A picture of Reverend Christine at the pulpit during her installation ceremony

Next Wednesday is Lesbian Visibility Day. I came out as a lesbian in my mid-40’s. I almost came out when I was 20, but then suppressed it and it took me another 20 years to fully own my sexual orientation. While I proudly consider myself part of the lesbian community, I prefer the word queer because I’ve used bi-sexual, pan-sexual, and lesbian all to describe myself and queer feels like the more appropriate broad range to describe my identity.

Throughout my life, strong lesbians have taught me far more than sexual orientation. They have taught me how to be a fierce feminist, an advocate for equal treatment, a force in breaking traditional gender roles and deep, deep resistance to the harms of patriarchal norms. In our history, it was lesbians who provided care-giving for our men with HIV and AIDS when others abandoned them—even when those same men seldom gave lesbians power in the struggle for gay-rights. And it was Edie Windsor—a strong lesbian—who won the landmark case that overturned the Defense of Marriage act and gave rights and privileges to same-sex couples.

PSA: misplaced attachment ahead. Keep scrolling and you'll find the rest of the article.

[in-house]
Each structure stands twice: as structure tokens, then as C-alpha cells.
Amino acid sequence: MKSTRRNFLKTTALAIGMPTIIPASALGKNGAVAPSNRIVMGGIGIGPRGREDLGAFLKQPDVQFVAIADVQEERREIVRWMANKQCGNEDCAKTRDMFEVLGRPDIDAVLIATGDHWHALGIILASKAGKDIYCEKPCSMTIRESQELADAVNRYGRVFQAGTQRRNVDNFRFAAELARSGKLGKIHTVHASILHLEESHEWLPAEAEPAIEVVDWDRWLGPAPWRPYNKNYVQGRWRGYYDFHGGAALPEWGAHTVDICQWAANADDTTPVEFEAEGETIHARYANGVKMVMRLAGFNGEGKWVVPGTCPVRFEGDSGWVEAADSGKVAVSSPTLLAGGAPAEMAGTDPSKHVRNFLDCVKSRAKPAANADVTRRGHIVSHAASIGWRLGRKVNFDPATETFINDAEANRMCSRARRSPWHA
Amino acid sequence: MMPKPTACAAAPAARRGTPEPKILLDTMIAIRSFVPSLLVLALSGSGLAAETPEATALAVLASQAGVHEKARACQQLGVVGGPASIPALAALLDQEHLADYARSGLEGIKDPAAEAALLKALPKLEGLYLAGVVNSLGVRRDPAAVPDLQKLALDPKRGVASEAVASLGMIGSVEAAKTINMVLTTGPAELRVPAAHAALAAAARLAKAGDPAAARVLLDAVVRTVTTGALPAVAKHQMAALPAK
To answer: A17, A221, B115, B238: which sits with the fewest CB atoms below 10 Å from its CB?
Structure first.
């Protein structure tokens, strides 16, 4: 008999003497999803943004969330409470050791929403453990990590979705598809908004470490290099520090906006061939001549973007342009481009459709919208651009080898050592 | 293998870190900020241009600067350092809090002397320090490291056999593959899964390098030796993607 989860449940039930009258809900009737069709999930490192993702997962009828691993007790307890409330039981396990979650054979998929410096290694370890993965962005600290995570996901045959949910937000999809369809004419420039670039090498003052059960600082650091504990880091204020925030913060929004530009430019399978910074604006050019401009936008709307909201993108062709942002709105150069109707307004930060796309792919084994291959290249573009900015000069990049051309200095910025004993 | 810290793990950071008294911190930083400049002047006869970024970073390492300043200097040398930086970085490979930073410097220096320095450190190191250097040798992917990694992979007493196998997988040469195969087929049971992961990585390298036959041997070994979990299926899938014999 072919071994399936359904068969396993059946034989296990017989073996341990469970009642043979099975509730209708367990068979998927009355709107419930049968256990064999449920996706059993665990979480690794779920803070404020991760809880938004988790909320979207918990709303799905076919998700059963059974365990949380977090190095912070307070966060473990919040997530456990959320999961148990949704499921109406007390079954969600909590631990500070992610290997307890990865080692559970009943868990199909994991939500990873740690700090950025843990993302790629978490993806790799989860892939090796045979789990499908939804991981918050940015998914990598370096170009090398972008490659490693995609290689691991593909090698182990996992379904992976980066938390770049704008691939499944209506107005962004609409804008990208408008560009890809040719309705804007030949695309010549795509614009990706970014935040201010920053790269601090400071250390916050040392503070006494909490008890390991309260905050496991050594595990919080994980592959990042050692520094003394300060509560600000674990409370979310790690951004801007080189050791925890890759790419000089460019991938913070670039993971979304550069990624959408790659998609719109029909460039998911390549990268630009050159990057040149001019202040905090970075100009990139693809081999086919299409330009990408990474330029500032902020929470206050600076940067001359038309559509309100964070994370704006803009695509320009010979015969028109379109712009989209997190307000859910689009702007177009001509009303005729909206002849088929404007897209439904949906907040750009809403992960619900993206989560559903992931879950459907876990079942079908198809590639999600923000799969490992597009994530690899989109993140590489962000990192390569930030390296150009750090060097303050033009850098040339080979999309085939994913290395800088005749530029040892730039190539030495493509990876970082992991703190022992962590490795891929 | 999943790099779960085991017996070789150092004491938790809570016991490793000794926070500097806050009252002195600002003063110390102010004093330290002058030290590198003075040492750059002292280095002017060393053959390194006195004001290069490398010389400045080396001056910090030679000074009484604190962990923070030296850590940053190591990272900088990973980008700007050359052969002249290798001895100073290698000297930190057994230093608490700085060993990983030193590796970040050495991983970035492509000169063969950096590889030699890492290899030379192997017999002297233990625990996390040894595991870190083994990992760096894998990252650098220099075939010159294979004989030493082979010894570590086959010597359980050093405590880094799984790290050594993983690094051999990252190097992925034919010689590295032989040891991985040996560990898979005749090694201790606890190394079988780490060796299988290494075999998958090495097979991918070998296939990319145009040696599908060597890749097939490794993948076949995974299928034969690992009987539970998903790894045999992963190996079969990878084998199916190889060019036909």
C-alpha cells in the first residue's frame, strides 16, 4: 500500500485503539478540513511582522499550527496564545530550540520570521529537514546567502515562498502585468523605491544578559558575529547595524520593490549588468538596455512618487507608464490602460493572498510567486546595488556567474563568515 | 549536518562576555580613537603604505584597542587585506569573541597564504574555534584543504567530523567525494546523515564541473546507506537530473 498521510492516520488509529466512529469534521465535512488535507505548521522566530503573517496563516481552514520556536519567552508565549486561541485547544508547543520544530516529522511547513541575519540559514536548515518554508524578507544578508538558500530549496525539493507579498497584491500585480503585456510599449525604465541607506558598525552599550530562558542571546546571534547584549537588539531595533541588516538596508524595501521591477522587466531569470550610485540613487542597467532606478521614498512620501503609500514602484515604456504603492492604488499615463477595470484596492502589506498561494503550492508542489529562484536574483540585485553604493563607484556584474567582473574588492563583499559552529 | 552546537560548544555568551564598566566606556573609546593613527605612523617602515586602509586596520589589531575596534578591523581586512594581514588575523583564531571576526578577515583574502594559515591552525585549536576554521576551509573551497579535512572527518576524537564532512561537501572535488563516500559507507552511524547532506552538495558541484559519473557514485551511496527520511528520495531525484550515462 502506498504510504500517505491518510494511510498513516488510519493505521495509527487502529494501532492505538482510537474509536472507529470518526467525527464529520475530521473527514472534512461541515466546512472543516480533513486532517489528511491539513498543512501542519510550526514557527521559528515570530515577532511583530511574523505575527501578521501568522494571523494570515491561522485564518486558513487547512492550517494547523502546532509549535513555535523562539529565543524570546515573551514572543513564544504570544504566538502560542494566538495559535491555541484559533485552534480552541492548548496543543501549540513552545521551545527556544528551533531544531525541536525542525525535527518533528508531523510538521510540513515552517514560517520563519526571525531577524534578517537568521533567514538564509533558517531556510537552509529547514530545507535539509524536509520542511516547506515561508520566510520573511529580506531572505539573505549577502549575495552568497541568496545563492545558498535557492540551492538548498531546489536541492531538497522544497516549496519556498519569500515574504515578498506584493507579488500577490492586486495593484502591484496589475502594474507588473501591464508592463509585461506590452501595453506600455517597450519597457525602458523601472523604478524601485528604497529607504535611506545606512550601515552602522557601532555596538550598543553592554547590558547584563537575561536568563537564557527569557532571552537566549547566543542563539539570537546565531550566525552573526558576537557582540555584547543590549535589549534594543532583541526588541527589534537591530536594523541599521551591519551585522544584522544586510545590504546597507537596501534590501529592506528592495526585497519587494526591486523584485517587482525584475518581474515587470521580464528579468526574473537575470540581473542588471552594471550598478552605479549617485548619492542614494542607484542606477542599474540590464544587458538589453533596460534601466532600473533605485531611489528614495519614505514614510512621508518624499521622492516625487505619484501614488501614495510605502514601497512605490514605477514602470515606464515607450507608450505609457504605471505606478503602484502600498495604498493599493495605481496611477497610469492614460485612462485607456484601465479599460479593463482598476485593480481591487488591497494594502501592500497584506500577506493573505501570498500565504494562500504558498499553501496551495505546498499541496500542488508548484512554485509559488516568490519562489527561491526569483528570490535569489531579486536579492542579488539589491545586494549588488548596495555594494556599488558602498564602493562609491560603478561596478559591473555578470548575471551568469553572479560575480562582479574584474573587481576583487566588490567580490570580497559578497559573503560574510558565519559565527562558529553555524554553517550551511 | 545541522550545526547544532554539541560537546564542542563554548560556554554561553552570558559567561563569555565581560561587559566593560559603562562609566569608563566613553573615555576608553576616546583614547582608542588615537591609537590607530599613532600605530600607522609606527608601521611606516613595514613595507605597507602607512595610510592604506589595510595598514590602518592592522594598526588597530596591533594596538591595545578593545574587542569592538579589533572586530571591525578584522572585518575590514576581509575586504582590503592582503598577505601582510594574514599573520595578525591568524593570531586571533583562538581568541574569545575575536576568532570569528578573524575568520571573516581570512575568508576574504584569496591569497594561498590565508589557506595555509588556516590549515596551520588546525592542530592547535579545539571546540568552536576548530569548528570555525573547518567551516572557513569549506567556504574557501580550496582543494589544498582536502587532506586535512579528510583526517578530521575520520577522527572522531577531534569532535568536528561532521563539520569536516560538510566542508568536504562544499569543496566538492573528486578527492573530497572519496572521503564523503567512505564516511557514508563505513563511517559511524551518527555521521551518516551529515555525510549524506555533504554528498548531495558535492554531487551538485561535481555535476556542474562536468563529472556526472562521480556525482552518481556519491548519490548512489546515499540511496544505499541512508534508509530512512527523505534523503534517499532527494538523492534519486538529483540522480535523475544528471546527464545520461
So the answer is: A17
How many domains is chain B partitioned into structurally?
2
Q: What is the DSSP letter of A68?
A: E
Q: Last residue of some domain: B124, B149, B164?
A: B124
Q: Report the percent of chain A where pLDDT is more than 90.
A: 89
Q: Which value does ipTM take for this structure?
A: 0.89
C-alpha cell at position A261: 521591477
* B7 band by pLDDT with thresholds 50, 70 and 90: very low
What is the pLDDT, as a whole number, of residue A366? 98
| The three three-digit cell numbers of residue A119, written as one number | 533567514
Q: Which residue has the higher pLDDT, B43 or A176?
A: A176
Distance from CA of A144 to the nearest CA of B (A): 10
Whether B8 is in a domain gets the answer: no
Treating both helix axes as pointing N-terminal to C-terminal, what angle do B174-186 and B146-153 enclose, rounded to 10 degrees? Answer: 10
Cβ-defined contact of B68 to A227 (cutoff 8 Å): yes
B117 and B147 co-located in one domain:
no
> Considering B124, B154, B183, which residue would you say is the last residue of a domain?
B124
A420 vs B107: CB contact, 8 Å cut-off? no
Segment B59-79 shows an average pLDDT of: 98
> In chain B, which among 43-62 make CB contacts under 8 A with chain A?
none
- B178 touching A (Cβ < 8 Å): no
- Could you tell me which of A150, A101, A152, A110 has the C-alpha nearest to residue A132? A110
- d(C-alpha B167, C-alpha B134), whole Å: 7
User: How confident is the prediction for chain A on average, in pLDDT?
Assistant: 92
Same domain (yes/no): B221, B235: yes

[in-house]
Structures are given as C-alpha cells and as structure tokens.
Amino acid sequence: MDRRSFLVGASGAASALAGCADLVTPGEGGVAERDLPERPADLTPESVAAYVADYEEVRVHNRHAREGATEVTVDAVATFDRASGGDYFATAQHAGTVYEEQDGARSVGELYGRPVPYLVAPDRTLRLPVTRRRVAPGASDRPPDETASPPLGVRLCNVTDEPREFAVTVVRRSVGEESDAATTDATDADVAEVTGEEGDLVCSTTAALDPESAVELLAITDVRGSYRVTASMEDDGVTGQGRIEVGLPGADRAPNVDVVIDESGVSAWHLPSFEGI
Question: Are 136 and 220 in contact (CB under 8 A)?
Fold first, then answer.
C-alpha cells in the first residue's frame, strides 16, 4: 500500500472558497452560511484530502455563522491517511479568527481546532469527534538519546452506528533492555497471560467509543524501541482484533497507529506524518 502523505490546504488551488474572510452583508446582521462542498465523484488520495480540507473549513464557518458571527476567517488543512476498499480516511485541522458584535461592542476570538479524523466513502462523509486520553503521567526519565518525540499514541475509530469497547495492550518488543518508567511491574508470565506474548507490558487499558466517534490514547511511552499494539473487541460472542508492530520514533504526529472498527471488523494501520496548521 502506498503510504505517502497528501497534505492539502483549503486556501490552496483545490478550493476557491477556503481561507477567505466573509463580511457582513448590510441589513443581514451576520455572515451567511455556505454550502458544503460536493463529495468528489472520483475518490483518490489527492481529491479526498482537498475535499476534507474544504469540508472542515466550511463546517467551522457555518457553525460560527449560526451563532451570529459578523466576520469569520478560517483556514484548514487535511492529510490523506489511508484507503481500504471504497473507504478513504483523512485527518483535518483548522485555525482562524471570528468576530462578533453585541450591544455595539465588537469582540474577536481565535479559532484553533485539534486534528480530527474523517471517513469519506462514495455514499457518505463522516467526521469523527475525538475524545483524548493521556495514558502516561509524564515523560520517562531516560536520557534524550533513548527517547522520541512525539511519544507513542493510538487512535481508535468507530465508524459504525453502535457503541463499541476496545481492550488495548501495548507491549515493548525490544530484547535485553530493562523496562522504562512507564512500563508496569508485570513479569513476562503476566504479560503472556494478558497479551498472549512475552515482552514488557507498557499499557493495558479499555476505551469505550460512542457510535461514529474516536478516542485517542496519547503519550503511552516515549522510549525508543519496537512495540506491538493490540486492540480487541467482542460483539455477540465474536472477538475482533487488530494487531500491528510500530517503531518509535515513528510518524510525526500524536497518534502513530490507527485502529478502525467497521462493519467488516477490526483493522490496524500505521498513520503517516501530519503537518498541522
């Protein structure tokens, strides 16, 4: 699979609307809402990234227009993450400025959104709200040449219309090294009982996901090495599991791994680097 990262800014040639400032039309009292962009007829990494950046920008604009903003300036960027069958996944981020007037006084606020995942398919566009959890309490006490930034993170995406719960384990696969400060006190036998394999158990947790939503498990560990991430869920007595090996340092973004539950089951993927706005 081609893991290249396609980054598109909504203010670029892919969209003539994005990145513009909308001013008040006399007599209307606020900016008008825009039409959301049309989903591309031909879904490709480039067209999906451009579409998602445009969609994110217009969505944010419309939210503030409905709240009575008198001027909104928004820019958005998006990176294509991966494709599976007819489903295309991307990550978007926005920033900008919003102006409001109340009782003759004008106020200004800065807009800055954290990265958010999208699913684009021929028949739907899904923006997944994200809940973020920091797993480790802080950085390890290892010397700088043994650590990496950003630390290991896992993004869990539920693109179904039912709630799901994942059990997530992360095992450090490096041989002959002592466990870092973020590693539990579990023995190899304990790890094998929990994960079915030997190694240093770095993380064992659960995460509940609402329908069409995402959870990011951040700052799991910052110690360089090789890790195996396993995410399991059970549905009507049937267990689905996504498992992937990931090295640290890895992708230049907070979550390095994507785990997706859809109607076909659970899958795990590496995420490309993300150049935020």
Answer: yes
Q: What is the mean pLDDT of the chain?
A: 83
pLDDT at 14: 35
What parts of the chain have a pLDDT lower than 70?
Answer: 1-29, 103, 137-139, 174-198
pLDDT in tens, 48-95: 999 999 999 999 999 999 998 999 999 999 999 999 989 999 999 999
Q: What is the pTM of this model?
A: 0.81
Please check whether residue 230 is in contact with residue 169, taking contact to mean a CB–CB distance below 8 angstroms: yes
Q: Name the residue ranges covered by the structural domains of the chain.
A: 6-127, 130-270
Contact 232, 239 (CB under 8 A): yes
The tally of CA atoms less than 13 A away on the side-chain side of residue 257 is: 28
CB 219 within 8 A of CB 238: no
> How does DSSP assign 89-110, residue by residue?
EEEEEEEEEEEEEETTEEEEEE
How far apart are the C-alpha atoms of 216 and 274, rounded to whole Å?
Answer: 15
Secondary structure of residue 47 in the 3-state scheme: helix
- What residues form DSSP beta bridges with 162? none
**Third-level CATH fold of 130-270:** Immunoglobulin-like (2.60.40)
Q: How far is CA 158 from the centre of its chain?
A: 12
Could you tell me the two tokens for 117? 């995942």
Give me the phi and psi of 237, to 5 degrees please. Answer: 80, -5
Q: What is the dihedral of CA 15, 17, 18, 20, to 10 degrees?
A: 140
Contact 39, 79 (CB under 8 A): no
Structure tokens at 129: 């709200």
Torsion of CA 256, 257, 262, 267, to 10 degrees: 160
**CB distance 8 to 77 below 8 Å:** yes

Some of the attacks of the right-wing extremists who harassed us a few weeks ago targeted me because I was a female minister (oh the shock!). I don’t think it even occurred to them that I may be a lesbian female minister. My very existence in this role is an act of resistance to the conservative forces that would forbid me to exist, to lead and to minister. I am proud to be out and proud and I am proud to be your minister.